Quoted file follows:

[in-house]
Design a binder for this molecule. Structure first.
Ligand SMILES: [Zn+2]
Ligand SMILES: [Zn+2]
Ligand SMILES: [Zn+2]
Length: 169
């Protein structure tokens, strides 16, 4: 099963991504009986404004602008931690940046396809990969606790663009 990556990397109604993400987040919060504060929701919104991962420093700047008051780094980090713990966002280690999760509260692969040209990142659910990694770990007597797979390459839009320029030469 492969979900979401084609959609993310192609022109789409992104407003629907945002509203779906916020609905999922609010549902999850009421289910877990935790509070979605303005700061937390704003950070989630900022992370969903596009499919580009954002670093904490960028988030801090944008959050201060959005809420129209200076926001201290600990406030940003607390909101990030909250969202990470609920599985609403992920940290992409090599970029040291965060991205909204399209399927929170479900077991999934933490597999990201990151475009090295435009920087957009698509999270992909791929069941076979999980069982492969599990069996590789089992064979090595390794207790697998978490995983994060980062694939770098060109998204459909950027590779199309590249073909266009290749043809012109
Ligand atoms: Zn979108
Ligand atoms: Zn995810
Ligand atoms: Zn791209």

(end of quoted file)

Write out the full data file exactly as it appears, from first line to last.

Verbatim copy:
[in-house]
Design a binder for this molecule. Structure first.
Ligand SMILES: [Zn+2]
Ligand SMILES: [Zn+2]
Ligand SMILES: [Zn+2]
Length: 169
């Protein structure tokens, strides 16, 4: 099963991504009986404004602008931690940046396809990969606790663009 990556990397109604993400987040919060504060929701919104991962420093700047008051780094980090713990966002280690999760509260692969040209990142659910990694770990007597797979390459839009320029030469 492969979900979401084609959609993310192609022109789409992104407003629907945002509203779906916020609905999922609010549902999850009421289910877990935790509070979605303005700061937390704003950070989630900022992370969903596009499919580009954002670093904490960028988030801090944008959050201060959005809420129209200076926001201290600990406030940003607390909101990030909250969202990470609920599985609403992920940290992409090599970029040291965060991205909204399209399927929170479900077991999934933490597999990201990151475009090295435009920087957009698509999270992909791929069941076979999980069982492969599990069996590789089992064979090595390794207790697998978490995983994060980062694939770098060109998204459909950027590779199309590249073909266009290749043809012109
Ligand atoms: Zn979108
Ligand atoms: Zn995810
Ligand atoms: Zn791209």